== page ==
TeachMeet Dorset

TeachMeet Dorset

Yes, it’s coming – TeachMeet Dorset is coming to Gillingham School! I encourage everyone of you to try and come – Thursday 16th May. To sign up for TeachMeet Dorset please click here.

Every since I went to my first ever TeachMeet down on the Isle of Portland back in November, I have been very keen to bring it to my school. At the time I was a TeachMeet Virgin (!) and only knew about the events through reading about them on blogs or via twitter. I didn’t really know what to expect. Luckily, Gary Spracklen (@Nelkcarps), who organised this event, was very welcoming and a great host. I was very impressed by the opportunity to share teaching ideas and a chance to meet other teachers from other schools.

This year event is being organised by myself and Gary Spracklen (@Nelkcarps) of IPACA, Director of Digital Learning and Innovation and South West Digital Educator of the Year (2012).

So what is TeachMeet?

TeachMeet Dorset

Learn something new, be amazed, amused and enthused. This is an informal gathering of those curious about teaching and learning. Anyone can share great ideas they’ve trialled in their classrooms, ask important questions or simply sign up to take part in learning conversations. Education professionals from all sectors are welcome to take part.

The main part of TeachMeet is hearing stories about learning, from teachers. This is not an event to present about a product or theory – this is a chance for teachers from all types of establishments to hear ideas from each other. Real narratives of practice that make a difference. It is about being engaged and inspired by our immediate colleagues and a whole bucket load of networking to boot!

Please do get in touch if you have any questions or wish to help sponsor the event. For directions to the event please click here. If you are having trouble editing the wiki then just email me at mtidd@gillingham-dorset.co.uk or via twitter @tiddtalk and I will add you to the list. For further details of TeachMeet Dorset click here. I look forward to seeing some of you there!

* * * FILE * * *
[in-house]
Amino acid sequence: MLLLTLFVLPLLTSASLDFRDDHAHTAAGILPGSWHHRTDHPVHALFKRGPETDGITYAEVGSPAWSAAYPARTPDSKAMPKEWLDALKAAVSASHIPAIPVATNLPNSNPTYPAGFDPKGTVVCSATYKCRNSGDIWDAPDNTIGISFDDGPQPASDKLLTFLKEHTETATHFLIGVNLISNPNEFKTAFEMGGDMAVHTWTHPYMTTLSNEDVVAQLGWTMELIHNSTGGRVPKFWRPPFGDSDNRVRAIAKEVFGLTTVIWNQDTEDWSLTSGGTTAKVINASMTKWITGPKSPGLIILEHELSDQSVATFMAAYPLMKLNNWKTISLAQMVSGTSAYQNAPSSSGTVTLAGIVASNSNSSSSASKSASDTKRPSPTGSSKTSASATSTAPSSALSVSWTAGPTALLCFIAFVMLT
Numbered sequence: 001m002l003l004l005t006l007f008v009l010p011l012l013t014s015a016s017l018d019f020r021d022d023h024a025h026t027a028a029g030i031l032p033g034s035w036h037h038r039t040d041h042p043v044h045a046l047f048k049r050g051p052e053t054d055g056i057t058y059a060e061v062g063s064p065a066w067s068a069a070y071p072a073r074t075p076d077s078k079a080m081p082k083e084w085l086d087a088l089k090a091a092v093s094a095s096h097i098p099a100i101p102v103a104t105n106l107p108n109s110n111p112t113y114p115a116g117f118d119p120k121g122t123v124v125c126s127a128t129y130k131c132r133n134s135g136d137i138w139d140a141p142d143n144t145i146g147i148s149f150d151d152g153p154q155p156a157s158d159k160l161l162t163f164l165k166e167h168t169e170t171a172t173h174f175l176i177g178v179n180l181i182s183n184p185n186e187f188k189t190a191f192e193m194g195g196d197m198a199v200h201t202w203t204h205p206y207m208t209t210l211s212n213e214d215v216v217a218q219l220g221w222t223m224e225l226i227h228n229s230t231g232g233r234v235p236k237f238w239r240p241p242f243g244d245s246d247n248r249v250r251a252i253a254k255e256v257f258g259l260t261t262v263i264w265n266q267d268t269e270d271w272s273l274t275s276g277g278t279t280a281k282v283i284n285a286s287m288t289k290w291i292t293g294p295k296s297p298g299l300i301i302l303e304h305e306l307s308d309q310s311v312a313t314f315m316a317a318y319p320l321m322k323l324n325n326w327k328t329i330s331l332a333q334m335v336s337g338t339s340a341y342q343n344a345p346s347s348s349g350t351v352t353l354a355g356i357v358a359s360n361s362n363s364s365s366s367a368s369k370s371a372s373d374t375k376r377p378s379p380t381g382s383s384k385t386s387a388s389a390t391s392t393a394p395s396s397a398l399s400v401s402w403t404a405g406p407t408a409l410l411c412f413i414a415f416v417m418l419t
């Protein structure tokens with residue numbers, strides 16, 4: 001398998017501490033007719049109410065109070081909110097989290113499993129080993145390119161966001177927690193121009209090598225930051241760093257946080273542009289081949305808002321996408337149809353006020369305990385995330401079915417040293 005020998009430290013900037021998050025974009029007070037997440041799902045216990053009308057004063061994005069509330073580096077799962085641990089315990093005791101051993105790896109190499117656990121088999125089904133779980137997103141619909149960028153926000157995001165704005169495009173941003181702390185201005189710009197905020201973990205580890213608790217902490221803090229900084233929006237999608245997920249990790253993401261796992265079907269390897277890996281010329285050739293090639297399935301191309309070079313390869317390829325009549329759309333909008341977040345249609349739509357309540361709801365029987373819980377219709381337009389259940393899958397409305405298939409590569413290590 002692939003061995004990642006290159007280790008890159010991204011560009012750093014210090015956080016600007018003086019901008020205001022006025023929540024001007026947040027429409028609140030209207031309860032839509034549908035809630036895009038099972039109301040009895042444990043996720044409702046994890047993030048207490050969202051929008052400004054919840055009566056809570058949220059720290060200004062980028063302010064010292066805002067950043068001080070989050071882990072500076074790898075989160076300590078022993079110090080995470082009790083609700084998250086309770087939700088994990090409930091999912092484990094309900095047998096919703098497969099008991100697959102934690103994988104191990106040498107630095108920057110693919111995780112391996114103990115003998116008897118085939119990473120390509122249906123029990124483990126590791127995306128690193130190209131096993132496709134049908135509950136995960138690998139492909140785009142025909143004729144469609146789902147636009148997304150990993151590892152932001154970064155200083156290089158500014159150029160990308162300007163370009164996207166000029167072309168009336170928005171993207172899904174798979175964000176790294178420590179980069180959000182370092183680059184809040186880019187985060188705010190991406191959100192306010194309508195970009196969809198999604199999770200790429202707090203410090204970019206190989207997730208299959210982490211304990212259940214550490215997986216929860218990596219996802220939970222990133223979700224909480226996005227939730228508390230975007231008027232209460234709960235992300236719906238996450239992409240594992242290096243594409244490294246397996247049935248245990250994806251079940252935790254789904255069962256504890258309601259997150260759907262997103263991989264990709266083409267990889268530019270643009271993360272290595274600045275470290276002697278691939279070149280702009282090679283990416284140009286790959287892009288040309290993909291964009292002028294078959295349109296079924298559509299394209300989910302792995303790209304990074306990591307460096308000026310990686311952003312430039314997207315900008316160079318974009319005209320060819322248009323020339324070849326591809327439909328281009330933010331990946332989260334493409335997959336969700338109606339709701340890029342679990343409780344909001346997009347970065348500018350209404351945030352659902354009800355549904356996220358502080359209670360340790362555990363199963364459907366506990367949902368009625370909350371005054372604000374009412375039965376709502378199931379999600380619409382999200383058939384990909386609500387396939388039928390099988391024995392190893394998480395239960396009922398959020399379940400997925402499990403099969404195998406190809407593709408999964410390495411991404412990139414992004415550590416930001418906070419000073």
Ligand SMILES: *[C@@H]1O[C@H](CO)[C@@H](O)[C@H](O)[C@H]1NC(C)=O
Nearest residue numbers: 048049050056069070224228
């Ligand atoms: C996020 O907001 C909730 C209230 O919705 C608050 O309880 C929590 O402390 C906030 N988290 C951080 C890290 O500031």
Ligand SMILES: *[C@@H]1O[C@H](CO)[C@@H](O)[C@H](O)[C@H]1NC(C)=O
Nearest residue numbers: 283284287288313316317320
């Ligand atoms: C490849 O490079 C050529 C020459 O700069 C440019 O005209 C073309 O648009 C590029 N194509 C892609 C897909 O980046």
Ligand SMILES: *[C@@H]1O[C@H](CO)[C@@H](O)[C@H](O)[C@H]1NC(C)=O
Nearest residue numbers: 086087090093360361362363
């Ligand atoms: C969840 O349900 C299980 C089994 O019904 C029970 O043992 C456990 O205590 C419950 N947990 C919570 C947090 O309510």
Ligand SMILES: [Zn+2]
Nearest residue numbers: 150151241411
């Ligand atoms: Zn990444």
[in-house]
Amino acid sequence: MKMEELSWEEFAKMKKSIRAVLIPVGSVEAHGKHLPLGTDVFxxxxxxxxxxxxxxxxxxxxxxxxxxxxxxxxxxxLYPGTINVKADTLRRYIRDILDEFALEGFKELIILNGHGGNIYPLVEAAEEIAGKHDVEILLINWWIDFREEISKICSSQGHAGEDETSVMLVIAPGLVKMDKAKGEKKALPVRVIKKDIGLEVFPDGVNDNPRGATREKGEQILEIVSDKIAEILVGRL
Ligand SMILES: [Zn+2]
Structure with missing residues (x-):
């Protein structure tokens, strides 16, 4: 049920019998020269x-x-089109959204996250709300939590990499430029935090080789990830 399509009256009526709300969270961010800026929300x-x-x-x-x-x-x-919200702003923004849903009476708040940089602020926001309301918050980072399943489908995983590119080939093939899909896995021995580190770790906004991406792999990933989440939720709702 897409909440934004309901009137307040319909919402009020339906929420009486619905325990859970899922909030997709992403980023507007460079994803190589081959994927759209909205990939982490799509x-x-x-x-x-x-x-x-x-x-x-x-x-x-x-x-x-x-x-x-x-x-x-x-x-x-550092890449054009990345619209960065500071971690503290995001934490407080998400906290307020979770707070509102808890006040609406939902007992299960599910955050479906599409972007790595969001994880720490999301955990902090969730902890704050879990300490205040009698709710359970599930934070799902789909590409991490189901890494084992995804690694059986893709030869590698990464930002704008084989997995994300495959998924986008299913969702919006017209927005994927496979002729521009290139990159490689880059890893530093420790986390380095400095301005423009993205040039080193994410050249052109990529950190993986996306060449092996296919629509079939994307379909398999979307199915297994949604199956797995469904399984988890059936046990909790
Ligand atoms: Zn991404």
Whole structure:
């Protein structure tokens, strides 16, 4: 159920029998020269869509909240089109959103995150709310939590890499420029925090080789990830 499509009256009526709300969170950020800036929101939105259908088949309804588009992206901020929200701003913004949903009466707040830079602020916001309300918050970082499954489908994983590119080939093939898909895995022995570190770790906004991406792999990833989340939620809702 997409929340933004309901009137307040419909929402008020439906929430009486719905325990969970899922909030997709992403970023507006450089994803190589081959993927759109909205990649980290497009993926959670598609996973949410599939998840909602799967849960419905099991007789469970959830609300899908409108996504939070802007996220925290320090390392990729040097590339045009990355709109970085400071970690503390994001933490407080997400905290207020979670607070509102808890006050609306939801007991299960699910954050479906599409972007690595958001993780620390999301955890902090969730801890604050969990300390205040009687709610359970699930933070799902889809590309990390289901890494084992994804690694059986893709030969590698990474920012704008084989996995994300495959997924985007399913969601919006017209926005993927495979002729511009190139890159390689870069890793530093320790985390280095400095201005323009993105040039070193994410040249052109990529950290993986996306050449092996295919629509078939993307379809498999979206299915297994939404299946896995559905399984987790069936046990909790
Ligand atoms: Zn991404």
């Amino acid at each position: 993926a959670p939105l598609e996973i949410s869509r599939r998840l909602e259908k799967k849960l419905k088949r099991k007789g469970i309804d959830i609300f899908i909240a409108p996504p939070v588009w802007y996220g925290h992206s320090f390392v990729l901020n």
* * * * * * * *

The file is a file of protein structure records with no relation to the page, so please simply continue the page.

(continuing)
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Geography and the Movies

Over the Christmas holidays I was going through my DVD library at home and it got me thing about the importance and usefulness of films in education. I do use films in my lessons as I find the footage and content can convey a message that can help a students understanding. Back in January 2010 I wrote about this very issue on my blog and for Sec-Ed in April 2009.

I have always been using documentaries and footage from DVDs and videos in my lessons but I had not realised what films could offer. It got my mind racing on different aspects of films that could be shown to pupils within different subject areas. I soon realised that films could enhance and develop a pupils learning and encourage them to be life long learners.

Films can enhance a lesson and excite a young mind with their powerful and thought-provoking subject matter. My good friend from my Southampton University days, Dr. Pietari Kaapa of the University of Nottingham, has stated that, ‘cinema as both a popular form of entertainment and a means of artistic and political expression, is a crucial area of classroom teaching. The pedagogical potential of film provides an immediate and invigorating addition to established lesson plans, while the history of the medium and its contextual socio-cultural relevance function as sources of study in their own right.’

As a Geography Teacher I have used a wide variety of different films to help show and back up key terminology or sometimes complex geographical features. The world today has created a generation of young people with very active minds. The days of a teacher in a classroom talking for 50 minutes are long gone and would not generate much enthusiasm from today’s young learners. Interaction and variety is what is needed to engage learners and film is one medium that can grip a young person’s attention. Film can enthuse and generate much debate and help a learner.

Pupils are requested to use and take part in different types of media within their learning from the National Curriculum. Films like music should be encouraged to be used within the classroom. My good friend and former flatmate, Nick Hargreaves, of Radipole Primary School in Weymouth, Dorset, believes that ‘films are a really valid text as much as books. With the National Curriculum we have to look at various types of media within a child’s learning and film is one way. Films are not always easy to understand and it does take time sometimes for a young learner to fully understand the complexities of a film like the music changing in relation to the mood of the film.’ As we are aware there are three types of learners; visual, auditory and kinesthetic. A film is one medium that incorporates all three learning styles and can hold the attention and pass on knowledge and understanding to all three main learning styles.  Nick Hargreaves says ‘film takes into account how a learner learns…it attracts the three main types of learners and engages all of them in one sitting. It reaches out to all target levels especially boys’.

I remember reading Great Expectations at school and found watching the David Lean adaption a much-needed guiding hand when it came to revising for the GCSE. A film may not always be true or correct, but in the right hands, us as teachers, we can filter out the bad and use the great pieces of film there is out there waiting to be used.